Notably, as institutions that do not place profit as their number one goal, NGOs also tend to be among the most trusted institutions in society, scoring higher on trust barometers than the governmental, corporate, and media realms. They generally are cost-effective and able to mount significant projects without large offices, staff, or funding.
NGOs have used these advantages to forge an effective middle ground between the state and the corporate world. They are now impacting policies and guiding agendas that once were nearly exclusively the arena of governments and corporations. In many cases, NGOs have proven to be more adept than government and business to respond to various needs. Such strengths place them in a key position to address present-day crises in the realms of financial institutions, water and food, refugees, governance, human rights and trafficking, poverty, environment and so forth.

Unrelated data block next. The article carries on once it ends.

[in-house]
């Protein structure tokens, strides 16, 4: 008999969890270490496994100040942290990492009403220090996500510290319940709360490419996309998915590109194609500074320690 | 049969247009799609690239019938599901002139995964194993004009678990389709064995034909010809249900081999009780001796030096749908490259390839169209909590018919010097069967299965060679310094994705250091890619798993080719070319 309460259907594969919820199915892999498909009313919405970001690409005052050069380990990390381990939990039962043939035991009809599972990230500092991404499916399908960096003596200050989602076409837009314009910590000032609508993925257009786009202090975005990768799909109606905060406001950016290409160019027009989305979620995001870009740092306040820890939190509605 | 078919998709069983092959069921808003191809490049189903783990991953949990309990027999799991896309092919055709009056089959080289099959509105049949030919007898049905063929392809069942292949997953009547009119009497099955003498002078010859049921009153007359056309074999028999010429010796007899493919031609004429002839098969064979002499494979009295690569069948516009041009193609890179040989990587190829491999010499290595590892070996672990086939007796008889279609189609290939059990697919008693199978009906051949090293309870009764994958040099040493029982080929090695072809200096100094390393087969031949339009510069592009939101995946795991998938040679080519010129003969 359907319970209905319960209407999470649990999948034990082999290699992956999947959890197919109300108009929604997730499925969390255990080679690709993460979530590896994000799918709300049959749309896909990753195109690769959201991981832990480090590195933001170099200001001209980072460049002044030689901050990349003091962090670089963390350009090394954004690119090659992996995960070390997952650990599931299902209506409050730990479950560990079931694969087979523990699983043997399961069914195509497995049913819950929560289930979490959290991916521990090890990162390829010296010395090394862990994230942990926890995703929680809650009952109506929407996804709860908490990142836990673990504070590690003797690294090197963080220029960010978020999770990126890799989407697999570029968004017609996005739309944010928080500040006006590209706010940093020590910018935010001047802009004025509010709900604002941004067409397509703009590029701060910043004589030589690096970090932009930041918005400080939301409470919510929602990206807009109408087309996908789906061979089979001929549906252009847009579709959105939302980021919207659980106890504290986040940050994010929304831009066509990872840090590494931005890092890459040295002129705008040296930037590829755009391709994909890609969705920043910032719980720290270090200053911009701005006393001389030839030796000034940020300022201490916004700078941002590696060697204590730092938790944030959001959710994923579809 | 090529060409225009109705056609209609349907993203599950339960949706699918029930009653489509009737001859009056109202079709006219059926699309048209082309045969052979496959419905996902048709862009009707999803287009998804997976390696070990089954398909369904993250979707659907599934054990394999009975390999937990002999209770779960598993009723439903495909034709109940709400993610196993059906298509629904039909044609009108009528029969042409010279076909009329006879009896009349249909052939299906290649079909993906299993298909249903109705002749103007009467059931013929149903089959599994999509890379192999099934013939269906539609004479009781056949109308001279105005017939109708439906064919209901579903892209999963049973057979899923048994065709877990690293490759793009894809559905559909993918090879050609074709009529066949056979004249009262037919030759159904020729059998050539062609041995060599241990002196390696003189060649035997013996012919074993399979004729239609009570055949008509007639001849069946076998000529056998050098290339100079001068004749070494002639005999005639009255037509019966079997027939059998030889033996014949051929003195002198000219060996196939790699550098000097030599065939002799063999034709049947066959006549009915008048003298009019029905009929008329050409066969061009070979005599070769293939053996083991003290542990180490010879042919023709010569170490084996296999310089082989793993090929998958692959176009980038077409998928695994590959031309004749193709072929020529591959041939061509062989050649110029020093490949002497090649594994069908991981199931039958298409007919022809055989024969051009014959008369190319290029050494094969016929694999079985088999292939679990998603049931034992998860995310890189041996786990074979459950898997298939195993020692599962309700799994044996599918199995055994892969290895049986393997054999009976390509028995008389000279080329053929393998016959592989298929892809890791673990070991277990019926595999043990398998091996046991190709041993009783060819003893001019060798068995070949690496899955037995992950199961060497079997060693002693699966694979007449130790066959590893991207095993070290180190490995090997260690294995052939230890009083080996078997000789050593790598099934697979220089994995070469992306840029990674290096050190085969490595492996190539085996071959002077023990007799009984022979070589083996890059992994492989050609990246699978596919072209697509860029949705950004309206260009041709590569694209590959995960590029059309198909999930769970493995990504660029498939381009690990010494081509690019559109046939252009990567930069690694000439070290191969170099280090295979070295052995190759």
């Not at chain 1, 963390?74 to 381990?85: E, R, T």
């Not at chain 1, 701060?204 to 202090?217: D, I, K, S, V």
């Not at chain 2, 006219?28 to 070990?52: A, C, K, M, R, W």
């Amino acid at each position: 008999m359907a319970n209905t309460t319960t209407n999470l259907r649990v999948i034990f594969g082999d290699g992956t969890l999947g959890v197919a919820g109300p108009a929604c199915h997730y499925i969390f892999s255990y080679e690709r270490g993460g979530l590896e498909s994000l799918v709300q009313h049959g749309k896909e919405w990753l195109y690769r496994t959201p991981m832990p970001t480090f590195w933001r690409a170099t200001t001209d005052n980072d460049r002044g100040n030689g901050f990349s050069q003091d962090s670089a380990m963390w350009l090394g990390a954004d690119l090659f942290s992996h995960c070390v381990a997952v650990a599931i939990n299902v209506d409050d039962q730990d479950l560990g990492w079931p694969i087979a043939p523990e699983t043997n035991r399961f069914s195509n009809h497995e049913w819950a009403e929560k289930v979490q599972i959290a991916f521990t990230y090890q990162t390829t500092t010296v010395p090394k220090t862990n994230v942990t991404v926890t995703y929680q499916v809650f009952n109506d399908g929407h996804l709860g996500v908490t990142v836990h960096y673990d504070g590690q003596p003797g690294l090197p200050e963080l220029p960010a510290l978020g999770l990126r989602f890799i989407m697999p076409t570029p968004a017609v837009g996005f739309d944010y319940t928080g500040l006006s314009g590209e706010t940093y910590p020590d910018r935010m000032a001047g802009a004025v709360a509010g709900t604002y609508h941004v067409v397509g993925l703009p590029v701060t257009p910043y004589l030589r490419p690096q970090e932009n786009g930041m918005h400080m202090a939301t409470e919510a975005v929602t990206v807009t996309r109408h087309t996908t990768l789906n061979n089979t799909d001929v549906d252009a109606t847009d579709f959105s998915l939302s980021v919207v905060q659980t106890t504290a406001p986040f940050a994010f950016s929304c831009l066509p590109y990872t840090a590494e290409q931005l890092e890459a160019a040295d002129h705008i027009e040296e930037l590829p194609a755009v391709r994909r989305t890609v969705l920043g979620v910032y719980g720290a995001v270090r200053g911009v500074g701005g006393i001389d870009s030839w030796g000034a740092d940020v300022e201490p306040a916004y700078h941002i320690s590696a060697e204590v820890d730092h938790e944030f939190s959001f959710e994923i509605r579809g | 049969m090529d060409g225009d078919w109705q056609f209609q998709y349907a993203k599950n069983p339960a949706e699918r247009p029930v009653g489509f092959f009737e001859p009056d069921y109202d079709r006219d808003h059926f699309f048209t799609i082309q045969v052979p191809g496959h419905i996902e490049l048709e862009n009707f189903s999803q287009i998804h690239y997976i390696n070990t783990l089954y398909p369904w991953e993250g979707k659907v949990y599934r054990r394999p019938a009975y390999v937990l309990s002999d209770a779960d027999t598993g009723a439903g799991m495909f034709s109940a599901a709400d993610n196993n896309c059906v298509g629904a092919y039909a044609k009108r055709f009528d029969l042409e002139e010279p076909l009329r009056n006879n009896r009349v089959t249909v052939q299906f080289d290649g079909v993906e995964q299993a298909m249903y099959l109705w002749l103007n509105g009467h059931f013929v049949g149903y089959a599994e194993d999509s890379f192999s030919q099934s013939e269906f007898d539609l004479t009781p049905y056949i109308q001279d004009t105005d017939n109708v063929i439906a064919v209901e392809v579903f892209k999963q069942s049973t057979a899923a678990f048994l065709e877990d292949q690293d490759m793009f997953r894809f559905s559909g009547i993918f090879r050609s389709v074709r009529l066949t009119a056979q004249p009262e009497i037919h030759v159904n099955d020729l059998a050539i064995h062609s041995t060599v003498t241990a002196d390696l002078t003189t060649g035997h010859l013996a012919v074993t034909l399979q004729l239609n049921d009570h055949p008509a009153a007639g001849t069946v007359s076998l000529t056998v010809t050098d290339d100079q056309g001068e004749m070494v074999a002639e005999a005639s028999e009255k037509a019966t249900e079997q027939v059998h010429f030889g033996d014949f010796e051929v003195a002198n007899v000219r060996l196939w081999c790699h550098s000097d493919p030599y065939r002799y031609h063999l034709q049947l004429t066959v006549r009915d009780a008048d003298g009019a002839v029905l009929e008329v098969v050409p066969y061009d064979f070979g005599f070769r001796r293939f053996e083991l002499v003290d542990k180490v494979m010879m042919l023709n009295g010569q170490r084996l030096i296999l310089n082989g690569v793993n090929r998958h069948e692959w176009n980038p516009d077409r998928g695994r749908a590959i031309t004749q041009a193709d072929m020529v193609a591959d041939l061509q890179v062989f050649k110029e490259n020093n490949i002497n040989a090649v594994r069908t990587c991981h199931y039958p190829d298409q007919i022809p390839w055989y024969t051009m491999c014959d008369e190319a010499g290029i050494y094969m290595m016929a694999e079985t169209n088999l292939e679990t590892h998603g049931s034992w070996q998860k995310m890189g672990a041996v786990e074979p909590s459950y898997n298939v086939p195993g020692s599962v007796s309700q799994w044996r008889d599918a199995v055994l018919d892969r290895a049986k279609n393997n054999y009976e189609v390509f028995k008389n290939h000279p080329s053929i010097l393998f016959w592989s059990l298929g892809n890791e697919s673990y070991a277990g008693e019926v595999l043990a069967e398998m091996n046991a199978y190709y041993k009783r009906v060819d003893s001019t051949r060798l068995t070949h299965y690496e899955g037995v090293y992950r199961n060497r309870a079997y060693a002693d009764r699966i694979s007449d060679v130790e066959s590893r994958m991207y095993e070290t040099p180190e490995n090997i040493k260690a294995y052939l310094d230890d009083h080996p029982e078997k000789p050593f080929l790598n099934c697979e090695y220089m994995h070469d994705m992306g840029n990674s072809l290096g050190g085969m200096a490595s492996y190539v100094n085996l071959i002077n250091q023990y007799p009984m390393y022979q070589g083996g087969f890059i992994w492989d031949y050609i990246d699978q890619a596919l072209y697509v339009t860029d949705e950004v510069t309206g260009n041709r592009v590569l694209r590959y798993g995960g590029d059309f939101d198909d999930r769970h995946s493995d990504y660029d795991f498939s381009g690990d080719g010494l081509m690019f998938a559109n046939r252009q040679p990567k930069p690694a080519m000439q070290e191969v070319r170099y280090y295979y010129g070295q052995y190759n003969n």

Of course, NGOs also face many shortcomings, which this Congress will also address. A key, oft-cited weakness of the sector is lack of inter-NGO communication and coordination. Other challenges include limited institutional capacity and management expertise, frequent poor government-NGO cooperation, lack of understanding of the broader social and economic context, and funding difficulties. And this is not to forget the complication of having some NGOs that act unethically, thus weakening trust in the NGO sector.
World Congress of NGOs 2012 will bring together representatives of NGOs, colleges and universities, governmental and intergovernmental agencies, funding bodies, and corporations to address today's most serious challenges and to help NGOs be more effective in their particular missions.